Paramount said today that it is shifting the release dates for two of its prime holiday movies. Now, the Steven Spielberg-directed The Adventures of Tintin and the Tom Cruise-starrer Mission: Impossible – Ghost Protocol will both open in wide release (including IMAX) on Wednesday, Dec. 21. Mission: Impossible always had that date, but today it was revealed that the actioner will begin previews in select theaters and IMAX on Friday, Dec. 16. Meanwhile, the studio had slated Tintin for a Dec. 23 bow but has moved the motion-capture pic up a bit into the midweek spot.

The week leading up to Christmas has always been a plum one for the studios, but the year it is particularly crazy. In addition to Mission: Impossible, Sony has slotted its big David Fincher action drama The Girl With the Dragon Tattoo for Wednesday. Meanwhile, Fox’s Cameron Crowe pic We Bought a Zoo bows wide Friday along with the platform debut of the Angelina Jolie-directed In the Land of Blood and Honey. On Christmas Day is Spielberg’s just-shifted War Horse, from DreamWorks/Touchstone/Disney; Summit’s sci-fi thriller The Darkest Hour; and Warner Bros’ limited release of Extremely Loud & Incredibly Close.

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Steven Spielberg Moves ‘War Horse’ Release Amid DreamWorks Denying Money Troubles

By | Wednesday September 28, 2011 @ 3:11pm PDT

UPDATE: DreamWorks and Disney have just moved Steven Spielberg’s War Horse off December 28th and onto December 25th. It comes just as Paramount rescheduled the Spielberg-directed Adventures Of Tintin, moving the pic using 3D motion capture technology up to December 21st from December 23rd. Both pictures are already considered tough sells in the North American market.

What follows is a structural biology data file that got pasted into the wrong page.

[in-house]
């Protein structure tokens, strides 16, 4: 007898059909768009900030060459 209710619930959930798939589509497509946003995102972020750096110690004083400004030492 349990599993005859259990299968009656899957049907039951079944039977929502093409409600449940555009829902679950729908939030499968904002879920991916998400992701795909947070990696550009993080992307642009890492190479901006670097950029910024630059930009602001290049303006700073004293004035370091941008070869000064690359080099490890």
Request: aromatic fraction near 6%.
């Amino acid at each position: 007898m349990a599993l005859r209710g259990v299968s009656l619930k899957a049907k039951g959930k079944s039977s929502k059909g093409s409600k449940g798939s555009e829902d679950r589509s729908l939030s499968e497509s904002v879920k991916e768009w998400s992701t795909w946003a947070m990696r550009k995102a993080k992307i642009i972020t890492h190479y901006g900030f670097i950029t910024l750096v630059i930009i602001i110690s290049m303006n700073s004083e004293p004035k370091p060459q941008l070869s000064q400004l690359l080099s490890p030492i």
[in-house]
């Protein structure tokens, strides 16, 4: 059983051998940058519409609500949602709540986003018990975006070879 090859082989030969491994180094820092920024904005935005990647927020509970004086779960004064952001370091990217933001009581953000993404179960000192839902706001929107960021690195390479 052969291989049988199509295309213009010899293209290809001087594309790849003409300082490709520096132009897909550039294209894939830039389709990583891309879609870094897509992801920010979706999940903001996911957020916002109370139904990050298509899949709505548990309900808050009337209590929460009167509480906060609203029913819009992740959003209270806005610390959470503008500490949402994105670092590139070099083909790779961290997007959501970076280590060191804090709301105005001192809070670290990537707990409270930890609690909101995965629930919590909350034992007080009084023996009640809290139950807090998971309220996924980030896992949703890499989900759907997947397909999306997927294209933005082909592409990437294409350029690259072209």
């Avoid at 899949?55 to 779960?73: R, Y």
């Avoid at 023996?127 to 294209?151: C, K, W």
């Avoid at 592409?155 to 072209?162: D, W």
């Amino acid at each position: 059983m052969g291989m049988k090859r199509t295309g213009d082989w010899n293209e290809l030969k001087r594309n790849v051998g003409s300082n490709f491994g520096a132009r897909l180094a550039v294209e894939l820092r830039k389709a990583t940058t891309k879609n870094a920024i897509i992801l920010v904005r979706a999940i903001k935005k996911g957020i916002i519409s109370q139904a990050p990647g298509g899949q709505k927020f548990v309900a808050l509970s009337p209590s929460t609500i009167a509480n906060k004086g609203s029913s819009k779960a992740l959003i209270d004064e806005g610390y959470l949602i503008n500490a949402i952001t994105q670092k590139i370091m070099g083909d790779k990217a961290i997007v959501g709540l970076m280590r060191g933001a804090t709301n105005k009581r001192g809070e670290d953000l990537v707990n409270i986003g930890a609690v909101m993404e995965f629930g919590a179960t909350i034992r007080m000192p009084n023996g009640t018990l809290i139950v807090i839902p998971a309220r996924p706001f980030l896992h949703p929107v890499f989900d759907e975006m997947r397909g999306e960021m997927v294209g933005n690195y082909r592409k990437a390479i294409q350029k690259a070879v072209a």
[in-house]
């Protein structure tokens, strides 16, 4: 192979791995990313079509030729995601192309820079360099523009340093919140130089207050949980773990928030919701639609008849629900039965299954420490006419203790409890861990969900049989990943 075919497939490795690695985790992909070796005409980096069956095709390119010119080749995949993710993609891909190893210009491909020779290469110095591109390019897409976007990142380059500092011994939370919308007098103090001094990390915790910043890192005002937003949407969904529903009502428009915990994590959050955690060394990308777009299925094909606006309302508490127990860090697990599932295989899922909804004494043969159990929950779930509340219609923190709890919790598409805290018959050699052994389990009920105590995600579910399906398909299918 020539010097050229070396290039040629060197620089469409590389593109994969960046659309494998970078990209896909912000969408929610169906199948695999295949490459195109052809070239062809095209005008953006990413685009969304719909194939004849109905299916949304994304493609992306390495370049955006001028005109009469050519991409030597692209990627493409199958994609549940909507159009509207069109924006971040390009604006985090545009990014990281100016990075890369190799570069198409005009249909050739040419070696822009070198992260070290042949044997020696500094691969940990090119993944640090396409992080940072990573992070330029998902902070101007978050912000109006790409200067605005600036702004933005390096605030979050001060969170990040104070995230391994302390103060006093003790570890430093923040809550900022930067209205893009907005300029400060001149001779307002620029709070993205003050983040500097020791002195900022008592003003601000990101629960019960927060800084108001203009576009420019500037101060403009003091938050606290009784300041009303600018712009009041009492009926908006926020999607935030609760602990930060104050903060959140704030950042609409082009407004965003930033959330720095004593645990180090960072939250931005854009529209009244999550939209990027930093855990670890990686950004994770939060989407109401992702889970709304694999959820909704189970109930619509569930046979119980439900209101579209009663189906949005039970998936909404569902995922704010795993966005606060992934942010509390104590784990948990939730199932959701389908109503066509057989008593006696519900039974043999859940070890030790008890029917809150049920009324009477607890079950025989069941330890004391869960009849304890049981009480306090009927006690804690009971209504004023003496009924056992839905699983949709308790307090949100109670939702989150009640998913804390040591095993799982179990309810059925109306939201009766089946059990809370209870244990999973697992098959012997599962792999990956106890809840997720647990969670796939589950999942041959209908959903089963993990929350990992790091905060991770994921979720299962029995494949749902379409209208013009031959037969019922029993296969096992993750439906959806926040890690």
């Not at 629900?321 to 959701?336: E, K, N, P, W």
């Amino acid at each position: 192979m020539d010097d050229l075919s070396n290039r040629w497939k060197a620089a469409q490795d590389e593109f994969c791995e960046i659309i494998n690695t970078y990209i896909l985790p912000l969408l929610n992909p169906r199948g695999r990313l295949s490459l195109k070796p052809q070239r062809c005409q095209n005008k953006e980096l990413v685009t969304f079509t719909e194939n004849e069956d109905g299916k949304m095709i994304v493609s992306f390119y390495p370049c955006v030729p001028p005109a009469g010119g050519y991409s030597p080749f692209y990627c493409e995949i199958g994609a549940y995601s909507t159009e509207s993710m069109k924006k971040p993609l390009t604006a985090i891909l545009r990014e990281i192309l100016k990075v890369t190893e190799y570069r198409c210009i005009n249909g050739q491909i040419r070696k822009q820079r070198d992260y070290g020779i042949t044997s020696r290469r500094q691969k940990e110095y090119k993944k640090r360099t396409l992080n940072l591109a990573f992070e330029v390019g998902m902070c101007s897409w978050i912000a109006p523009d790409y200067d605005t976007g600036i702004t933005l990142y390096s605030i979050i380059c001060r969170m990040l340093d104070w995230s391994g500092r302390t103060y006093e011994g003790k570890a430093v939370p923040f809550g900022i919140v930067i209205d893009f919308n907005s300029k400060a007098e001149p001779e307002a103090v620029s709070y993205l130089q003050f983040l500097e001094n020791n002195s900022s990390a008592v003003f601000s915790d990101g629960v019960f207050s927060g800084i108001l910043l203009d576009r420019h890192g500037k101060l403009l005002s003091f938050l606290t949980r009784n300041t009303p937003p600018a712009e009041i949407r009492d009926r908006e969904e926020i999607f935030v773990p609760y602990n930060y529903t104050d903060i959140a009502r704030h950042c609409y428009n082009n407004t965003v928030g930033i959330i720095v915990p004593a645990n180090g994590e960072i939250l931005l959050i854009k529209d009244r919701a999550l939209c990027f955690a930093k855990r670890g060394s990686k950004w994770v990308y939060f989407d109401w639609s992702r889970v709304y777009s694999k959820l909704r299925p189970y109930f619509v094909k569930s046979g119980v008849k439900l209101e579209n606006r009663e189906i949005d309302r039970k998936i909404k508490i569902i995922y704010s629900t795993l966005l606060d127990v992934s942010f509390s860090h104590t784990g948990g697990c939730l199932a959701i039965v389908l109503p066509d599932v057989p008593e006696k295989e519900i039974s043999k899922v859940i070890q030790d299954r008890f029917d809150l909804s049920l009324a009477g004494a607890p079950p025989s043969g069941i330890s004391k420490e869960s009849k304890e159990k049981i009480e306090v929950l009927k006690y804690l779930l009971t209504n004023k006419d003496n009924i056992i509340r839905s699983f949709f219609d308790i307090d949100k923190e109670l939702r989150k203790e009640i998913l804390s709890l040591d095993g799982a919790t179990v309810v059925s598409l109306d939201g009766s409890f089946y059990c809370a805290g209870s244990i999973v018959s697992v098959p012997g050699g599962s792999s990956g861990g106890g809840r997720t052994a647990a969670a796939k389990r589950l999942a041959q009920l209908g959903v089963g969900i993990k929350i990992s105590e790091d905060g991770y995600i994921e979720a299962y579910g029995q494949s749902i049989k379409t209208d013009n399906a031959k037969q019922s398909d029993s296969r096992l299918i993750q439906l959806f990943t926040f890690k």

As for the WWI-era War Horse, the first glimpse looked like a travelogue yet it’s actually Empire Of The Sun meets My Friend Flicka. Word is it’s going to need all of the Disney marketing machine’s help to get it seen although Spielberg and Snider have major awards hopes for it and The Help. That’s going to require a lot of Disney campaigning coin but Mouse House insiders are already complaining about all the demands which DreamWorks 2.0 is making on Disney. (No surprise here: the original DreamWorks did the same when based at Paramount and Universal.) For the rewards to be worth the headaches, the rebooted DreamWorks has to do better box office and help its troubled bottom line. (Athough Spielberg’s deals always benefit Spielberg most of all.) To mitigate all the bad news, the studio is suddenly attempting a PR offensive. Today, the Producers Guild announced that Spielberg will receive the 2012 David O. Selznick Achievement Award in Motion Pictures. And DreamWorks CEO Stacey Snider has emerged from petulant silence to suddenly giving on-the-record interviews. She just admitted DreamWorks won’t be buying new scripts and instead will work with those already in hand. She denied the company will be laying off staff or reducing expenses because of its disastrous box office performance. Read More »